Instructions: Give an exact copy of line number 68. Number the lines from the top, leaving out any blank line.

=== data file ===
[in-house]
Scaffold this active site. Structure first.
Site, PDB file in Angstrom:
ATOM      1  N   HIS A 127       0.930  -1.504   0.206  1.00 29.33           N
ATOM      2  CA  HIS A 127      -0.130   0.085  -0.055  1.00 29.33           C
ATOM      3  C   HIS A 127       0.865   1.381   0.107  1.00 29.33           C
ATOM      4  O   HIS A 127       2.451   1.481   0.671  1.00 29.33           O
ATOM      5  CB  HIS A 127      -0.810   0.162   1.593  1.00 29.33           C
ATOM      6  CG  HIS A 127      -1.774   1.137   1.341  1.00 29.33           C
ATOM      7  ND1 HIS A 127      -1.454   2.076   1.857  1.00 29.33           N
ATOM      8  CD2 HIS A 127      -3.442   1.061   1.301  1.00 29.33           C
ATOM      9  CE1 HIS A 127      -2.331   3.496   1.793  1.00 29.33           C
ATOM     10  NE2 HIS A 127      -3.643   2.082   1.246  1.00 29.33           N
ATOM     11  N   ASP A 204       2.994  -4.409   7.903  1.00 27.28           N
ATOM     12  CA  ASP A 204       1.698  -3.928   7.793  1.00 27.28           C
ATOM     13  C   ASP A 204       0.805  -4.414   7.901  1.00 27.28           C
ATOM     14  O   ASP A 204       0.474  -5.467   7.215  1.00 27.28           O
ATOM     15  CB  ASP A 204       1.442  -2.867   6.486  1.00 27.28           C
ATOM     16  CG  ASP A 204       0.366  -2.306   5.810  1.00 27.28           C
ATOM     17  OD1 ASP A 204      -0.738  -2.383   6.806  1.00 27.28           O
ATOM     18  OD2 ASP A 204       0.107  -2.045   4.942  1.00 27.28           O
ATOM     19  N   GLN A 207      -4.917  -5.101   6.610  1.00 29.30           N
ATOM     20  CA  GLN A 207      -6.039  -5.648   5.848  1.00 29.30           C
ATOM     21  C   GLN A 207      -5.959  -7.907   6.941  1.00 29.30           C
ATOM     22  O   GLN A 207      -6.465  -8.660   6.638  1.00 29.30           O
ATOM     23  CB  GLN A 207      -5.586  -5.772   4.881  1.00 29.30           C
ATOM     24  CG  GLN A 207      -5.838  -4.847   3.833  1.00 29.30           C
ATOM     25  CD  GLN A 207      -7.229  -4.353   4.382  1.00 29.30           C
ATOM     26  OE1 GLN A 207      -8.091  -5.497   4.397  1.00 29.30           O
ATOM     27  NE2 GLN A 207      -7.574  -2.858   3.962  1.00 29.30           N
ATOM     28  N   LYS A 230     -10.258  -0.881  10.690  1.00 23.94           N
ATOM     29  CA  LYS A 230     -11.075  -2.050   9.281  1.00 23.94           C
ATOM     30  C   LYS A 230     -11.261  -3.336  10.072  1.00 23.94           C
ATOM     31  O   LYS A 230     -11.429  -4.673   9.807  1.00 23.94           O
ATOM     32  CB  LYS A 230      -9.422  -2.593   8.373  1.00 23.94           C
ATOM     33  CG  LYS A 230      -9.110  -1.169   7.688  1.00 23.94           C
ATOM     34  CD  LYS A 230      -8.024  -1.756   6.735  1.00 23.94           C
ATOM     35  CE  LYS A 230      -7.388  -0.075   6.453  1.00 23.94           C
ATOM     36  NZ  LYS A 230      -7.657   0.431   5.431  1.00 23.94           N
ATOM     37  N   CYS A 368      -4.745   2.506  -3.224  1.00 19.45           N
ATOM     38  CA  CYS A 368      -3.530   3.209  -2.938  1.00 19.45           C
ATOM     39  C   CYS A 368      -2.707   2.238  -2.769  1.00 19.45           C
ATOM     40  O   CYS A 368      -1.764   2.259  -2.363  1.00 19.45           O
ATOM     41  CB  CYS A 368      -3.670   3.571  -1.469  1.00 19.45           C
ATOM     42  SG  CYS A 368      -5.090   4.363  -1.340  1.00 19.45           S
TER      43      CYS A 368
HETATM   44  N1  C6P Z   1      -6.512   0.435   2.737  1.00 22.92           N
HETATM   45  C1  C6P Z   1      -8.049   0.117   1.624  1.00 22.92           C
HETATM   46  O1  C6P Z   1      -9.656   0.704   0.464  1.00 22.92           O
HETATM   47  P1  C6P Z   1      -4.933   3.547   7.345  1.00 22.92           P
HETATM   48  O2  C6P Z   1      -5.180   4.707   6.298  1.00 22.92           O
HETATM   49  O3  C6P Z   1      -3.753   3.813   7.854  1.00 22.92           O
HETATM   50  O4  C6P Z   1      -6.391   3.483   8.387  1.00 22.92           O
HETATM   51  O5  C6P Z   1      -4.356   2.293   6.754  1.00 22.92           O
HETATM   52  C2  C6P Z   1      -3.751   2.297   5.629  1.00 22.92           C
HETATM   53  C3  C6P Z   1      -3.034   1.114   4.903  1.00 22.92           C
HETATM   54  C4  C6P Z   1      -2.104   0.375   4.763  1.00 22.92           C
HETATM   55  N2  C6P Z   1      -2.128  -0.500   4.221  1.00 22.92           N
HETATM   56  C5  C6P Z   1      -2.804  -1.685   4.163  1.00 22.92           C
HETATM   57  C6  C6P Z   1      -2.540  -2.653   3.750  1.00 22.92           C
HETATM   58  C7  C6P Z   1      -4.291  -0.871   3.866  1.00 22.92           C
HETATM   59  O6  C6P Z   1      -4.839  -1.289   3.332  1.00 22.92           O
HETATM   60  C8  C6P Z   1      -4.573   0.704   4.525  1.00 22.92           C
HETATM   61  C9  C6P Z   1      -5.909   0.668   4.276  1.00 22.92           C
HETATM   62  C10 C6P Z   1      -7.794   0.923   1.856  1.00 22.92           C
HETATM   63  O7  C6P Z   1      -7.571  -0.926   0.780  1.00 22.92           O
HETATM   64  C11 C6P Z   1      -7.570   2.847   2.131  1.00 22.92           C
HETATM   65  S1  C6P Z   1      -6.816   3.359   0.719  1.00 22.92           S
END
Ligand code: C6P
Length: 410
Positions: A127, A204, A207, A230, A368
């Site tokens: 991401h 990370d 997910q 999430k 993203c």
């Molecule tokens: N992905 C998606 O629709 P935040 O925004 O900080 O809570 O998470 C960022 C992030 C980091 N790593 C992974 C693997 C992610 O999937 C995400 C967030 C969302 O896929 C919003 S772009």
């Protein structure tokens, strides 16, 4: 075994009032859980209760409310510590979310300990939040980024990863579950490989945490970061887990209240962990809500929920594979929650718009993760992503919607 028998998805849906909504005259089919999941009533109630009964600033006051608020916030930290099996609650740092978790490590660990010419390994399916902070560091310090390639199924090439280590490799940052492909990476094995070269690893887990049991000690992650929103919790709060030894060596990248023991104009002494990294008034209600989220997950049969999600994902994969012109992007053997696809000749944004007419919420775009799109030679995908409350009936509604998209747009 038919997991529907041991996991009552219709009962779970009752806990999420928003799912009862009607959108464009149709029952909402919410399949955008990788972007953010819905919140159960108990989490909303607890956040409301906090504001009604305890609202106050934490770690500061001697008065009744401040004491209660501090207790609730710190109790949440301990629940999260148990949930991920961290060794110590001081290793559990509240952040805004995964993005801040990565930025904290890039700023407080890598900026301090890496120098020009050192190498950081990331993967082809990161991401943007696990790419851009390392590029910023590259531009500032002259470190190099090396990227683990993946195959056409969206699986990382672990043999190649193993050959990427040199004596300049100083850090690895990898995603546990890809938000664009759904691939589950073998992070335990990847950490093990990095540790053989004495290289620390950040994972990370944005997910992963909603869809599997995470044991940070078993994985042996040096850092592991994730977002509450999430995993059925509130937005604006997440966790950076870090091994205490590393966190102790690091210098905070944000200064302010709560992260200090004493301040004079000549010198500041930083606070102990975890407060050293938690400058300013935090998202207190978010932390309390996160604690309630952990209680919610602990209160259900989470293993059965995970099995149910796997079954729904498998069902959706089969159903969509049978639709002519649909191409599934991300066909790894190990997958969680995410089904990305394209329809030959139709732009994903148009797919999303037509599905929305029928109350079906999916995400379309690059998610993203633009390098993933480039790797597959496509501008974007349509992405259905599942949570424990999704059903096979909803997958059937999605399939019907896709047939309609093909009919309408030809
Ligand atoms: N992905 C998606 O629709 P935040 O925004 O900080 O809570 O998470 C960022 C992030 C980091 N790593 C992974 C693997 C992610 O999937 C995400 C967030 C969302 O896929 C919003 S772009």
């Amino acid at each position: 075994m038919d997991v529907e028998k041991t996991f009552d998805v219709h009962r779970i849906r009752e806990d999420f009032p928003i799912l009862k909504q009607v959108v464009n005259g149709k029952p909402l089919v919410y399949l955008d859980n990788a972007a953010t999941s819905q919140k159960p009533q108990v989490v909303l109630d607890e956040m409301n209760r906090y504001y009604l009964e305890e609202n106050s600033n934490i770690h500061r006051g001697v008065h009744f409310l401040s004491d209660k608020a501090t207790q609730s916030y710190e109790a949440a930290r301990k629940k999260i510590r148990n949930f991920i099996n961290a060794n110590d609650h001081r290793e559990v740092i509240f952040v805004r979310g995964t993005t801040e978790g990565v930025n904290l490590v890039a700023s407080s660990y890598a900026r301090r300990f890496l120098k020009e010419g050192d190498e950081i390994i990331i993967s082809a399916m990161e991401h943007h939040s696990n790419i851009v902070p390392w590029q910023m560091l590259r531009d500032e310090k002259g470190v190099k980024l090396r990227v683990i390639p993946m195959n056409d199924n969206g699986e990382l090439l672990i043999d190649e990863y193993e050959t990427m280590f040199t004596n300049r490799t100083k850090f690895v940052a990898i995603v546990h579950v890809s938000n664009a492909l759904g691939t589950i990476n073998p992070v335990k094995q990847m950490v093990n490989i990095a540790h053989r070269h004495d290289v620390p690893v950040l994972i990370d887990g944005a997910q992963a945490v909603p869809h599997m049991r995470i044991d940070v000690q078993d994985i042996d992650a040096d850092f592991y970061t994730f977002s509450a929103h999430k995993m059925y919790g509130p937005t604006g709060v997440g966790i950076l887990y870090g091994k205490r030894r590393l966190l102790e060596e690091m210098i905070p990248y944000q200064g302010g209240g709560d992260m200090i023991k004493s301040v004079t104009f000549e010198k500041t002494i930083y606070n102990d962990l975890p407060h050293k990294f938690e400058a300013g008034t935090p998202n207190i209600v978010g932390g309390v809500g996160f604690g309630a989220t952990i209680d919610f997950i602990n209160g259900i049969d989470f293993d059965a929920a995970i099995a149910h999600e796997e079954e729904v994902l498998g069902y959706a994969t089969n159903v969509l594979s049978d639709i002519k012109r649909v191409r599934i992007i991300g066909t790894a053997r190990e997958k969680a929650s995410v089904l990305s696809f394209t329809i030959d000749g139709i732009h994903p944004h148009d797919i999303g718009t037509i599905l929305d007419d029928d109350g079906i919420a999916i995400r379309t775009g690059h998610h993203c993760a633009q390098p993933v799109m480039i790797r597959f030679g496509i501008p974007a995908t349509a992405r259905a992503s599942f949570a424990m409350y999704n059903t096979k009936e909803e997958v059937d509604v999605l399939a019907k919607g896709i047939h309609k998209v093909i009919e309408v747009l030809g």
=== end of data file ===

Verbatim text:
HETATM   65  S1  C6P Z   1      -6.816   3.359   0.719  1.00 22.92           S